Jordan Spieth has put his Masters meltdown behind him.
The two-time Major champion, speaking after playing a practice round at Oakmont ahead of next month’s US Open, said he would be able to enjoy his next big victory even more “having experienced the other side of it”.
Asked how he got over the defeat, which saw him lose a four-shot lead at the turn to Yorkshire’s Danny Willett after a quadruple bogey seven on the 12th at Augusta National, the 22-year-old said: “75 percent you have to do it yourself; and then 25 percent relying on my team, family, friends.
“And then mentors, messages I get from mentors, pretty much saying, hey, you’ve been in contention six out of the last eight majors, won a couple of them. Something like that; the wrong miss at the wrong time is bound to happen at some point. Whether you still win that major not.
“I had the same exact miss at the US Open last year. On 17 I made double-bogey and kind of squeaked it out at the end, but that was potentially the same kind of experience as the Masters. You’re going to be on the good end and bad end.
“If you’re in it enough, you’re going to be on the good end and bad end of those situations, so keep putting ourselves in contention, and when we’re on the good end again, I’ll be able to enjoy it even more having experienced the other side of it.”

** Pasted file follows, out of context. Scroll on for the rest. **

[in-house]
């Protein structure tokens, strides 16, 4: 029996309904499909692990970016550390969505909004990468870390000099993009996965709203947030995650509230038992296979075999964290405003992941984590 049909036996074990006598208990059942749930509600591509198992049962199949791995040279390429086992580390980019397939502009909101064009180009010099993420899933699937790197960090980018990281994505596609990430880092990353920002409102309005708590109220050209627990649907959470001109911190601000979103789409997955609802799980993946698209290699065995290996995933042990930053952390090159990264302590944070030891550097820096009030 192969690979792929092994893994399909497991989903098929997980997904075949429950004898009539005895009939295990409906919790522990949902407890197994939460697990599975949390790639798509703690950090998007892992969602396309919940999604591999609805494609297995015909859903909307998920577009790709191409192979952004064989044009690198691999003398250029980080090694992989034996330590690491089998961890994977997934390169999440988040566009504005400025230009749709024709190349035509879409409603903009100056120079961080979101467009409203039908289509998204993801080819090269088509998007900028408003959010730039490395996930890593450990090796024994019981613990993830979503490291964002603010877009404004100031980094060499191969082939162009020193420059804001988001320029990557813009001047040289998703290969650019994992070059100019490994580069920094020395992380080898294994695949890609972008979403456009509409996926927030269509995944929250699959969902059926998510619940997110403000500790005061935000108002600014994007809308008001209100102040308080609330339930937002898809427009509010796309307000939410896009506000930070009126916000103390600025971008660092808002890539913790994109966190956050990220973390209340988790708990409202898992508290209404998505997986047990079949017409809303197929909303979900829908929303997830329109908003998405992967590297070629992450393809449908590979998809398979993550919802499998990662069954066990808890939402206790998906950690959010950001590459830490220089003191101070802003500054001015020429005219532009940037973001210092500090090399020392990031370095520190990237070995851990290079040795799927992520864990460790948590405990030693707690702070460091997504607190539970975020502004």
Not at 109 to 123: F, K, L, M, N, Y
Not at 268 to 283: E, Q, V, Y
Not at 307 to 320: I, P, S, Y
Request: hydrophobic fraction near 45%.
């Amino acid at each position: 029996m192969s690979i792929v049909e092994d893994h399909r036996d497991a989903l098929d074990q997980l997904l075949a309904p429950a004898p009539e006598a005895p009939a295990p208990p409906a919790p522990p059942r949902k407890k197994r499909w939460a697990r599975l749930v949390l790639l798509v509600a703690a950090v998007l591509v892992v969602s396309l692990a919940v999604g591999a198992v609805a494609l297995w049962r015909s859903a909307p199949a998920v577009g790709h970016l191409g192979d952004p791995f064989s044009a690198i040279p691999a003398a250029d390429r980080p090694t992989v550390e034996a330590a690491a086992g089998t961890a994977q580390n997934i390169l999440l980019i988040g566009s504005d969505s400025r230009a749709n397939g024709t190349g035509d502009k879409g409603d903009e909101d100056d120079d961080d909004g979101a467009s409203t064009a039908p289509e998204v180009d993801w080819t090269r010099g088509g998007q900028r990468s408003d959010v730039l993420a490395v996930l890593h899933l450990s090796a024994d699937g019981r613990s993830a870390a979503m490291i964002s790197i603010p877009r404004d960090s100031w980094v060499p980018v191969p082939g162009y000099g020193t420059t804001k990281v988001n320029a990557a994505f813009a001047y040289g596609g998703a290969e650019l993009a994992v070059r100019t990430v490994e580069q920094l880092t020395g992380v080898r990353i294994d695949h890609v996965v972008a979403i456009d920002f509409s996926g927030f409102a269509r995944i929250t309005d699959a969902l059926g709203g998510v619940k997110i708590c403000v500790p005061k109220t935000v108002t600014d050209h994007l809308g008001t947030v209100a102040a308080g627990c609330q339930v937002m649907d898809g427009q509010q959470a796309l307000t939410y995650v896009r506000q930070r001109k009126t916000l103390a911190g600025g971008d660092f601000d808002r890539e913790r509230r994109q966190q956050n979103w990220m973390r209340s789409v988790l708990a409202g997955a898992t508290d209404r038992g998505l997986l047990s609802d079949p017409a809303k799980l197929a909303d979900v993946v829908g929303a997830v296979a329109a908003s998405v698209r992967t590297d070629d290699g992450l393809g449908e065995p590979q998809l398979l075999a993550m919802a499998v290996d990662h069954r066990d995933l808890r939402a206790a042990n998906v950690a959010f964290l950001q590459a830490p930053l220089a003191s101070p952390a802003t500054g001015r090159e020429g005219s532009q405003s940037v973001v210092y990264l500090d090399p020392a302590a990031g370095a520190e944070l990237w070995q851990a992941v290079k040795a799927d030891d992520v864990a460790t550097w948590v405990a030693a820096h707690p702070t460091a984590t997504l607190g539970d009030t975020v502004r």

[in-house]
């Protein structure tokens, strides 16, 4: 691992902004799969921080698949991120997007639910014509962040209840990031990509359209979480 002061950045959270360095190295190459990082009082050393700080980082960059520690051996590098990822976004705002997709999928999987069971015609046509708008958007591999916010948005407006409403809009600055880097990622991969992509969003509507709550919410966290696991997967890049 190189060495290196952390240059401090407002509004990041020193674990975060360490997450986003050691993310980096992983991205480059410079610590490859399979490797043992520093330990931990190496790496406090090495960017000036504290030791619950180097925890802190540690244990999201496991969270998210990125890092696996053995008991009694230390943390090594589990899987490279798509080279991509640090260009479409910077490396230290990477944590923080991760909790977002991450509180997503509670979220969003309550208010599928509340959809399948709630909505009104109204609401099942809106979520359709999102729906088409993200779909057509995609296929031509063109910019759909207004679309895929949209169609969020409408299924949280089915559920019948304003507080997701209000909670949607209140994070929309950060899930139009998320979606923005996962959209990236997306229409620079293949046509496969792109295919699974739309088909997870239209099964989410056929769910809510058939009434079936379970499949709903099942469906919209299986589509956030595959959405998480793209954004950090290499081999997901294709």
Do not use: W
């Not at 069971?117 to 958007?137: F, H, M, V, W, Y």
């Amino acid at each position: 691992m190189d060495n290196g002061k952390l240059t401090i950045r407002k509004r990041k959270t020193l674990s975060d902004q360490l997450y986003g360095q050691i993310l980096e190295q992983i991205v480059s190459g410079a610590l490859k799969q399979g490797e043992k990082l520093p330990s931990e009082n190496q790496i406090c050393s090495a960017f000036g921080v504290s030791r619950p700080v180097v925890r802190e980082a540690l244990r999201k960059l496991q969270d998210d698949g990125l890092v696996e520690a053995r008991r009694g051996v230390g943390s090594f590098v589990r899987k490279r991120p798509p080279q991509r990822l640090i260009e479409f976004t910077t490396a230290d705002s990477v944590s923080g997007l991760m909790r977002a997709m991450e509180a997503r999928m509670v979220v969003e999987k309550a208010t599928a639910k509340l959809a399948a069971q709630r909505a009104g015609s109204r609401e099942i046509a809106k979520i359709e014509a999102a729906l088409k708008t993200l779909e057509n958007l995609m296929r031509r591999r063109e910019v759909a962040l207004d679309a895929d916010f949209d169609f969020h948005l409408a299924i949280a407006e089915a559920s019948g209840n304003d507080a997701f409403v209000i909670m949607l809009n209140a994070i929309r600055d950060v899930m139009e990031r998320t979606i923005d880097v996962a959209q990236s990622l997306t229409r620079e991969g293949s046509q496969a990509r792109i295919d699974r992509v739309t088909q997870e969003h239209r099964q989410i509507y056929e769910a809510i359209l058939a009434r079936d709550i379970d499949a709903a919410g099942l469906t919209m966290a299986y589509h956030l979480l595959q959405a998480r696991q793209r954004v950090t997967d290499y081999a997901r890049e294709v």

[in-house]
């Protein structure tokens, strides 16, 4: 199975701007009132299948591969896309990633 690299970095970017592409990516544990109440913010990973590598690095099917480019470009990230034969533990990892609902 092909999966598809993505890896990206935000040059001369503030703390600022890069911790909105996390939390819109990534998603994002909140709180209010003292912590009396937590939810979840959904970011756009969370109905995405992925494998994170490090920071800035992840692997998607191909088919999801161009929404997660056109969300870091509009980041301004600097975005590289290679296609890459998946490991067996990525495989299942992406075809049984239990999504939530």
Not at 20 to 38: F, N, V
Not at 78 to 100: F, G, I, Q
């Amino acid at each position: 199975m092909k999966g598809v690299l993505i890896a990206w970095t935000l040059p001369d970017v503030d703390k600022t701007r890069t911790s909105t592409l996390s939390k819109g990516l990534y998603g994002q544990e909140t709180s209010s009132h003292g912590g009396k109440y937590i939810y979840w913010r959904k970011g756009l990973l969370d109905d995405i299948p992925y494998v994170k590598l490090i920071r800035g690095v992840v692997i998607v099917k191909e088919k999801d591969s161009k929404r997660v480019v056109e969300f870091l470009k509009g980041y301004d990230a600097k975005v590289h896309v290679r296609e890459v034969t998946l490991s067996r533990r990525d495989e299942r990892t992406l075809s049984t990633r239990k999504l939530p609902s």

Worth the hype
Spieth said Oakmont, which is getting set to host its ninth US Open, had “passed the hype” test.
He added: “What a great test of golf and a very tough but fair test of golf. You can already tell, we had a great experience, played 27 holes, played the back nine yesterday evening and 18 holes this morning. So had a lot of fun with it and it’s going to be a great U.S. Open this year I think.”
Spieth travelled without regular caddie Michael Greller, taking the services of a local bag man.
“I had Danny who caddies out here and has for a little while, and was very helpful,” he explained. “Same with Jim who hosted us, they were both very helpful in pointing out different slopes on the greens – keep your eye out for short-sided shots and how a lot of these greens, quite a few of them, pitch front to back, which is unusual.
“I learned a lot. I learned a lot off just playing a round and a half here. I have different impressions from what I already knew. These bunkers here may as well be bunkers in the UK. They may as well be pot bunkers. You just kind of have to hit sideways out of them for the most part.
“So they are very much hazards and you really don’t need a lot of drivers. I don’t think either of those points were of importance until playing it.”